The "broadly speaking" qualifier was added to the paragraph just above due to a kind of divergent timeline which is unlikely to arise except by toying with the replay controls. It was discovered by Argammon, with the defining example being the parked-by-the-beach ending of Friker's deleted ZCT260 replay (FRI15695.RPL). If you advance the tape to the divergence point (in this case, 1:46.00) and play to the end, you will get a divergent timeline. However, fast-forwarding a single frame ahead from the divergence point and playing from there can result in a slightly different divergence. With Friker's replay, the margins are thin enough that such a subtle change leads to a finish completely different from what happens in the two main timelines.

Fast play (aka double speed)

What about fast play — is it a viable way of watching unstable replays, as has been suggested in the past? By and large it is, though using it has its own subtleties.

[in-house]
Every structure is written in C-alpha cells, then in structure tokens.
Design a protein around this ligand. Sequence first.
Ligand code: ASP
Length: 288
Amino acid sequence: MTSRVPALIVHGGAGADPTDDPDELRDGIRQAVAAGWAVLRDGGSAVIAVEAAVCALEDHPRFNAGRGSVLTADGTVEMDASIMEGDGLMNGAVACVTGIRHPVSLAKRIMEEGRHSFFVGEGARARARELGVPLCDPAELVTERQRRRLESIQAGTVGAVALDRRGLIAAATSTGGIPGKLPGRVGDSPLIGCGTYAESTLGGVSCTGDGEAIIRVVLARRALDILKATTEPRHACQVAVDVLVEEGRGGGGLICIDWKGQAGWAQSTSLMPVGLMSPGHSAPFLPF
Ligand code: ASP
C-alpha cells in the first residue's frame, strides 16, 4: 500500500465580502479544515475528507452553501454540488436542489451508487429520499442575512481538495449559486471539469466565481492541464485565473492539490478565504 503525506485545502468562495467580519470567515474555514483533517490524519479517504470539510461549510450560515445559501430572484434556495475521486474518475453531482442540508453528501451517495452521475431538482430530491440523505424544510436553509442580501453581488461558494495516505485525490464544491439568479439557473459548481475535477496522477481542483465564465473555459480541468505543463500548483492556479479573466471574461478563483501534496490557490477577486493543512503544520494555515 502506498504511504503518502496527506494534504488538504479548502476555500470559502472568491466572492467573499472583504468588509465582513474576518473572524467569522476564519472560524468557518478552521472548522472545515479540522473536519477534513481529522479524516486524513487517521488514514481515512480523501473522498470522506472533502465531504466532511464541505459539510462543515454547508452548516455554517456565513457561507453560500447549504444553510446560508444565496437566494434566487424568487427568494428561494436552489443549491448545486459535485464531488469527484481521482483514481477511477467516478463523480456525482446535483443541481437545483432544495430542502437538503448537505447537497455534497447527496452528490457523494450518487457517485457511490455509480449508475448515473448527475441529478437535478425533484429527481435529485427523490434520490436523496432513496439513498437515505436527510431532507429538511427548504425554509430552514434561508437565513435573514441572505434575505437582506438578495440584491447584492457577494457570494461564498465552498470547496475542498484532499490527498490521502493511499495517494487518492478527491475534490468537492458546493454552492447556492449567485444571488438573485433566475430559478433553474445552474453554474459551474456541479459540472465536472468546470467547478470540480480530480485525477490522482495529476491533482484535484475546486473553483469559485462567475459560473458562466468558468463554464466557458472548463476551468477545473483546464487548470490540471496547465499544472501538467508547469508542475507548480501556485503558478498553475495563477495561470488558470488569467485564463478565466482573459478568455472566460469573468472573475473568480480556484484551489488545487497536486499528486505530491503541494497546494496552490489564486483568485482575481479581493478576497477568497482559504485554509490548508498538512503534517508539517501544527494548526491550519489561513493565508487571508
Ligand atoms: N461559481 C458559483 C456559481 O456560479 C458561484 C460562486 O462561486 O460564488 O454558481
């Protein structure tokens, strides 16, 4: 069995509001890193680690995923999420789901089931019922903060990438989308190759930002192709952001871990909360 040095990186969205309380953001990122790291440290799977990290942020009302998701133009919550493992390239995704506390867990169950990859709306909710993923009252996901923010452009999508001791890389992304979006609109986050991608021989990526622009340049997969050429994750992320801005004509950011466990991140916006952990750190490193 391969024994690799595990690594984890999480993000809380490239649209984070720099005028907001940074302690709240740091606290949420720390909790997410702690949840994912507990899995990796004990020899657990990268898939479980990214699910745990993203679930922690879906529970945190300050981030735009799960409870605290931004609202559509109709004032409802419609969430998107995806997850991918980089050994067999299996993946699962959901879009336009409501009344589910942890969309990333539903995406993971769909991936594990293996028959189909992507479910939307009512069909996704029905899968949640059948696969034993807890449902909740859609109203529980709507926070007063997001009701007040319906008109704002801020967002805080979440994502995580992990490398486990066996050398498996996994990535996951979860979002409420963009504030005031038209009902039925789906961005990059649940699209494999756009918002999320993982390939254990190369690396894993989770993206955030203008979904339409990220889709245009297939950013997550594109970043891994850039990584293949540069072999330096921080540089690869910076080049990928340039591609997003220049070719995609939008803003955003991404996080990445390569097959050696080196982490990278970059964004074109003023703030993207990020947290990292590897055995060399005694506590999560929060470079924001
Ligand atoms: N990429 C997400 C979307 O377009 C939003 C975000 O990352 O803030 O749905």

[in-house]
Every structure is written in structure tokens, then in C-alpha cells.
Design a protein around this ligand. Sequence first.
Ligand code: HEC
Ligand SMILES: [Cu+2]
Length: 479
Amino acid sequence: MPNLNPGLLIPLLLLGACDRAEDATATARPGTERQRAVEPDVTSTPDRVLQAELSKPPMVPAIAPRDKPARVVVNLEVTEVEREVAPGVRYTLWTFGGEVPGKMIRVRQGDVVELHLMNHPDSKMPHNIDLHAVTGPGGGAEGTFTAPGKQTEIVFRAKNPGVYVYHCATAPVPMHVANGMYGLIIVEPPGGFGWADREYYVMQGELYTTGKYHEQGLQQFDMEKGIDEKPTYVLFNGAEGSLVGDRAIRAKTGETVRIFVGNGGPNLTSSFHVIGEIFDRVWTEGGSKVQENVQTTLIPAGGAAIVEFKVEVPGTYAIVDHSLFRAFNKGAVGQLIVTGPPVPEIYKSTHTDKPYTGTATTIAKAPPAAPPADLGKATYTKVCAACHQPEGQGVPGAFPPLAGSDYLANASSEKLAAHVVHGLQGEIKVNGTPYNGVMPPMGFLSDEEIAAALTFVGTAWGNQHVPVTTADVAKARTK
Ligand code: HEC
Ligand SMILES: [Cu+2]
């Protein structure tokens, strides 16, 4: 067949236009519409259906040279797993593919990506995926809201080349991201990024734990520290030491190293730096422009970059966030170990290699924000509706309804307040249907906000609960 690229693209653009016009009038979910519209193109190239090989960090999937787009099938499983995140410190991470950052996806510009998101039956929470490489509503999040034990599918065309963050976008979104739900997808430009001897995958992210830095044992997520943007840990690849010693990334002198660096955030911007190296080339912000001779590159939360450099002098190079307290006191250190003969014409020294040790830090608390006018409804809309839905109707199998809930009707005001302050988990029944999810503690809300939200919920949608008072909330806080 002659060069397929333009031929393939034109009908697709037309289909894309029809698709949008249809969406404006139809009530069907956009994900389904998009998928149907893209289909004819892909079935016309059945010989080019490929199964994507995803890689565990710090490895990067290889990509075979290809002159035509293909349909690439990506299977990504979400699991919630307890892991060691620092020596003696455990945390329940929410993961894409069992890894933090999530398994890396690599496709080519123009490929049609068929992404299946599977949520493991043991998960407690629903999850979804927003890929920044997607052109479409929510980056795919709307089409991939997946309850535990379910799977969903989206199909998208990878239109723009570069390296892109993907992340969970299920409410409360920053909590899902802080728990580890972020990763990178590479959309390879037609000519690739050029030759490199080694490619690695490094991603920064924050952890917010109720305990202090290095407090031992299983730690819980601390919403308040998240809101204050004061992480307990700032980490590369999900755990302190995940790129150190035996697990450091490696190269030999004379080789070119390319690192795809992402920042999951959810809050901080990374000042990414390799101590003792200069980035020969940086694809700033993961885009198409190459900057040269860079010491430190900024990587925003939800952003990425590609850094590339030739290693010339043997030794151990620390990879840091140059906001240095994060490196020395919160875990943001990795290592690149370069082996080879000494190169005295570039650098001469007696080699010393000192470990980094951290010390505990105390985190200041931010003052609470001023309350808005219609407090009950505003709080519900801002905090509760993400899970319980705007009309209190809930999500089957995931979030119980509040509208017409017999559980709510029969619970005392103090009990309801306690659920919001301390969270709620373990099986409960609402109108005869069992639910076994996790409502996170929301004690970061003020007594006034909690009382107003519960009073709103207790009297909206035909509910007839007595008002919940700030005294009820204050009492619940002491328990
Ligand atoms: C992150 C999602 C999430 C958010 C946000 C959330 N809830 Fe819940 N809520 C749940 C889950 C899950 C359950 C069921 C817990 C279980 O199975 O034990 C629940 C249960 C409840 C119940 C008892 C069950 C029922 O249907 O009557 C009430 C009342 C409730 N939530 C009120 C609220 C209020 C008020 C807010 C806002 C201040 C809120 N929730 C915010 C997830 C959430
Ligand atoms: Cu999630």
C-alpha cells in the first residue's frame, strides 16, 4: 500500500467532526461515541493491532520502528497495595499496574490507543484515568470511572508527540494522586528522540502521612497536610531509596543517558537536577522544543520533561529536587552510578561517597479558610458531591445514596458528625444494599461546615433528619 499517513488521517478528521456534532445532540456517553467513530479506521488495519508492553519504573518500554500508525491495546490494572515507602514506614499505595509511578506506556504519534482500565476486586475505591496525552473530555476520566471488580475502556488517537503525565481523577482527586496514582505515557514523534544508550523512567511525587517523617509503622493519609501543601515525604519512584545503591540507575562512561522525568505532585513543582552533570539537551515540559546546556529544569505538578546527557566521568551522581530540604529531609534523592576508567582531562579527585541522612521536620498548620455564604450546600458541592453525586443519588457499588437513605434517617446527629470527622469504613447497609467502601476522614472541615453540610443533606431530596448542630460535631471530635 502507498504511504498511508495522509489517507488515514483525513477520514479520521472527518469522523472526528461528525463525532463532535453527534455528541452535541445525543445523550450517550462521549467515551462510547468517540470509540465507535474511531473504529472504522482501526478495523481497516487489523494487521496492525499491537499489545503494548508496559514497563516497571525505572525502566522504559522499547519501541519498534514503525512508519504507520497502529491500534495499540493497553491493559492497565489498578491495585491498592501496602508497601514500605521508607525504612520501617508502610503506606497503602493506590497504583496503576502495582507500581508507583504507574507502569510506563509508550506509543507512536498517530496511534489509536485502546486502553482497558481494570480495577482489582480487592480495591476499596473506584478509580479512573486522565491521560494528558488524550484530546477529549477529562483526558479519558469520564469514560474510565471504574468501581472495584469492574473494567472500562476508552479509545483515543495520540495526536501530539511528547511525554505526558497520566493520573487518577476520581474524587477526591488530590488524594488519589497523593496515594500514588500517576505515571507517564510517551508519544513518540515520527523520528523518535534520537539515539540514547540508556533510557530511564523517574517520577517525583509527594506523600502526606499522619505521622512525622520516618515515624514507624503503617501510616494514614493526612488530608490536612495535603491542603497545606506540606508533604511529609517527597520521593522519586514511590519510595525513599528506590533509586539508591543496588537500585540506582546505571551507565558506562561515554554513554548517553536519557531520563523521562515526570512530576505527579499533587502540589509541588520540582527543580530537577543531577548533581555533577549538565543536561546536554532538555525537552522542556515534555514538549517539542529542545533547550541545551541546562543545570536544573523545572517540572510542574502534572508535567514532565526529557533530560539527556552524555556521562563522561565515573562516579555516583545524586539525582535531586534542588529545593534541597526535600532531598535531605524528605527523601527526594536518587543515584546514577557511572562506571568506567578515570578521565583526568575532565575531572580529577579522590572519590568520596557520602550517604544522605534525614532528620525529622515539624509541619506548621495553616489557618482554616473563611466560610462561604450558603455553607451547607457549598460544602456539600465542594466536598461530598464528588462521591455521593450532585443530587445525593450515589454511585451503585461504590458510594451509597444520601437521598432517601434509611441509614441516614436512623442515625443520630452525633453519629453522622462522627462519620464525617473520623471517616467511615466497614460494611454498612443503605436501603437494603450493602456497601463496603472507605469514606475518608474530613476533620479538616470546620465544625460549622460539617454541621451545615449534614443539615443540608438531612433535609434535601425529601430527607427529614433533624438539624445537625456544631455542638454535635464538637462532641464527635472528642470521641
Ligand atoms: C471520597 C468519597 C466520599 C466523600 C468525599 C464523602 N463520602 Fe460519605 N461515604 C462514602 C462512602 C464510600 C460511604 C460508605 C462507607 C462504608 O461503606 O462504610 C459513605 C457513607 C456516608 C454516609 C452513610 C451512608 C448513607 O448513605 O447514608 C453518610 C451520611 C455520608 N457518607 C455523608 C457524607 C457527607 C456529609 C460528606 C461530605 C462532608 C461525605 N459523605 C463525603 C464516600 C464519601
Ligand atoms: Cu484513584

In all examples that have been analysed thus far, fast play follows either the fast-forward timeline or the (main) divergent one, depending on the point of the tape at which fast play is started. Assuming a staring point earlier than the divergence, we have:

  • If the timestamps of the starting point and divergence point end with the same digit, it will follow the divergent timeline.
  • Otherwise, it will follow the fast-forward timeline.

For instance, fast-playing FRI15695.RPL from the beginning (0:00.00) leads to the (crashing) divergent timeline, as the divergence point is 1:46.00, while starting from 0:00.05 leads to the (successful) fast-forward timeline.

Fast play works by stepping through each frame of the simulation normally, as it must be, but only rendering graphics for every other frame (note how the timestamps in the replay bar advance by 0.10 s while using fast play). That we seemingly get different results from fast play depending on whether graphics get rendered at the divergence point is one more piece of evidence suggesting that divergences fundamentally have to do with graphics rendering in the game loop.